by Patrick Bromley
It's not unusual for movies to go through different filmmakers during the development process. But because horror is such a finite community, there are clear names and faces to everyone attached to a movie -- when a movie goes through multiple directors, there's a good chance we know each of them. Maybe you already knew about some of the "almost" movies on this list. Maybe you knew about all of them. It's still fun to read through them and imagine "What if?"
John Carpenter - Universal originally hired John Carpenter to direct Firestarter, the movie adaptation of Stephen King's 1980 novel. But when The Thing came out and didn't make any money, Universal fired him off the movie. Crazy, right? Carpenter was fired off a movie for directing one of the BEST HORROR MOVIES EVER MADE. Firestarter was eventually directed by Mark L. Lester, who directed a pretty generic version of the story despite an ideally cast Drew Barrymore and George C. Scott doing some crazy entertaining overacting. Carpenter would go on to make his own Stephen King adaptation with Christine, a fine movie that ranks as neither the best King adaptation nor one of Carpenter's best.
Tobe Hooper - While working through the supplements on Scream Factory's incredible Blu-ray release of Lifeforce, I was surprised to learn that Tobe Hooper was originally set to direct The Return of the Living Dead. When Menahem Golan instead offered him a big budget to direct Lifeforce (then called Space Vampires), Hooper left the project and hand picked screenwriter Dan O'Bannon (who, incidentally, also wrote Lifeforce) to direct. Here's a situation in which everyone wins; O'Bannon got to make his directorial debut with a horror comedy classic, and Hooper went off to make his brilliant space vampire movie. It's the only case on this list that resulted in two great movies.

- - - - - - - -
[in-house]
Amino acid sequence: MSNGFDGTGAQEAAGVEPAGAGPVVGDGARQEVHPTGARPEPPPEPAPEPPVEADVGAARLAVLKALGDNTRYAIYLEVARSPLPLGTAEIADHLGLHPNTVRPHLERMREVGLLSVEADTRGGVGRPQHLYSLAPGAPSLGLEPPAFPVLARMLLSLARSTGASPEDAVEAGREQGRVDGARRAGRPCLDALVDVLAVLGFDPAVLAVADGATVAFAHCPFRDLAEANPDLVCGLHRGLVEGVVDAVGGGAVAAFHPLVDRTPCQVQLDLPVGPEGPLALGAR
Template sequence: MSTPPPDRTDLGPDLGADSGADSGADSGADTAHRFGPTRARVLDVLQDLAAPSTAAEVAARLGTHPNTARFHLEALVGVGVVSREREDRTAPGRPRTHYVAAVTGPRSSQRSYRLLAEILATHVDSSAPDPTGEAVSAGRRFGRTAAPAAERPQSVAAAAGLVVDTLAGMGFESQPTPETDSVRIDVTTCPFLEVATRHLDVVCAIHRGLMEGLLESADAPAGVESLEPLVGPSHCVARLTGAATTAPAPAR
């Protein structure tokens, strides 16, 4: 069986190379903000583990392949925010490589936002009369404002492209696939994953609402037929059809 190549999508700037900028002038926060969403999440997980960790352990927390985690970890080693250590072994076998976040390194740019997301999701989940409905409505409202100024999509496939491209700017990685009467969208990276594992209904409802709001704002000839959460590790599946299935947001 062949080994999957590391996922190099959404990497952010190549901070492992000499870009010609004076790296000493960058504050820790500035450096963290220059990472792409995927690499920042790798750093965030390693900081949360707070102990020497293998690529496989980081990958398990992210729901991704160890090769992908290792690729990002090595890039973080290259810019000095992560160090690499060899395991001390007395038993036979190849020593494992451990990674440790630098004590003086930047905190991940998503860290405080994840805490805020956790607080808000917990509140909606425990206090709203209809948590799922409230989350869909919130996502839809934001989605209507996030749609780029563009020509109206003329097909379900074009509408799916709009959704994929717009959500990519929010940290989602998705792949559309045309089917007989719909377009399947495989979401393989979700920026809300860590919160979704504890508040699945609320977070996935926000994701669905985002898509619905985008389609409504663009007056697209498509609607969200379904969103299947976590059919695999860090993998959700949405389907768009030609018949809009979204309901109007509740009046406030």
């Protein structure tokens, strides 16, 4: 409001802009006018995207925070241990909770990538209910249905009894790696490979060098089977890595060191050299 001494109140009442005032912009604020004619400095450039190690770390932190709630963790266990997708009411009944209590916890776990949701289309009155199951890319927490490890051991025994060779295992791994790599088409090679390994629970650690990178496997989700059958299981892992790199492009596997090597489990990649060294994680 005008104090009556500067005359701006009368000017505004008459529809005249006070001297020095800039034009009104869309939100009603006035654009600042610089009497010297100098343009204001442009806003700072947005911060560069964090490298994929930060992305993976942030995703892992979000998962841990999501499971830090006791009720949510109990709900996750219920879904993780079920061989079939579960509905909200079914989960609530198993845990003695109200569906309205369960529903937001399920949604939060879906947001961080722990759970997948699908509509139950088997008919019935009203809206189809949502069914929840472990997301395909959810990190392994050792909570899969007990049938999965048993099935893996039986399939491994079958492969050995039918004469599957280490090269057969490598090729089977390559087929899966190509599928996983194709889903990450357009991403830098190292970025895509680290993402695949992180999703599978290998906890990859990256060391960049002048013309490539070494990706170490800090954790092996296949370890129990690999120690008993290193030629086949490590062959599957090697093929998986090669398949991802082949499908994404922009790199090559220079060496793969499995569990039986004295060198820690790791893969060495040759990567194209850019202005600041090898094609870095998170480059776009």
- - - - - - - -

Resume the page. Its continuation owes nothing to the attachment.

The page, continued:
Bubba Ho-Tep and, most recently, John Dies at the End) actually did direct sections of Silver Bullet, an underrated werewolf movie based on Stephen King's novella Cycle of the Werewolf. How much Coscarelli can be credited with directing is up for debate; some claim he's responsible for ALL of the movie's non-werewolf scenes, while others say it's not quite that much. What is not disputed is that he directed a number of scenes in the movie while waiting for the special effects department to come up with a werewolf design to be approved by producer Dino De Laurentis. Eventually, production on the film stalled enough that Coscarelli recused himself and Daniel Attias was hired to take over. Faced with throwing away everything that had been shot and abandoning the movie or approving the terrible bearwolf, De Laurentis relented and Attias finished the film. This explains why Silver Bullet has one of the worst werewolves in movie history. And if Coscarelli directed as much as many say, it also explains why Silver Bullet is really good.
Joe Dante - John Carpenter was looking to change things up with Halloween III, which was to be the first movie in the series NOT to feature Michael Myers and would kick off a more anthology-style approach to the sequels. Joe Dante -- fresh of the success of The Howling -- was hired to direct, and chose British writer Nigel Kneale (of the Quatermass series) to pen the script. But then Dante left to make another movie; no word on which one, but it was around the time he directed a segment in Twilight Zone: The Movie and came close to doing Jaws 3, People Nothing, a proposed comedic sequel that eventually became Jaws 3-D. Carpenter's friend and collaborator Tommy Lee Wallace was chosen to take over, and the script began to change a lot. Eventually, it became so different and had so much new violence that Kneale sued to have his name taken off. The finished version is one of the better '80s curiosities -- one that's just now getting respect after years of being written off as a trashy, ugly experiment. It's impossible to know what a Dante-directed version would have looked like; while his sensibilities are a lot more "fun" than Season of the Witch's eventual darkness, it's possible that he would have made the movie even crazier. But he was also planning to direct the Kneale version of the film, which would have been very different. I'm not upset that Dante never got to make a Halloween movie and I like the Tommy Lee Wallace version, but of all the movies on this list, this is the one I'm most curious about.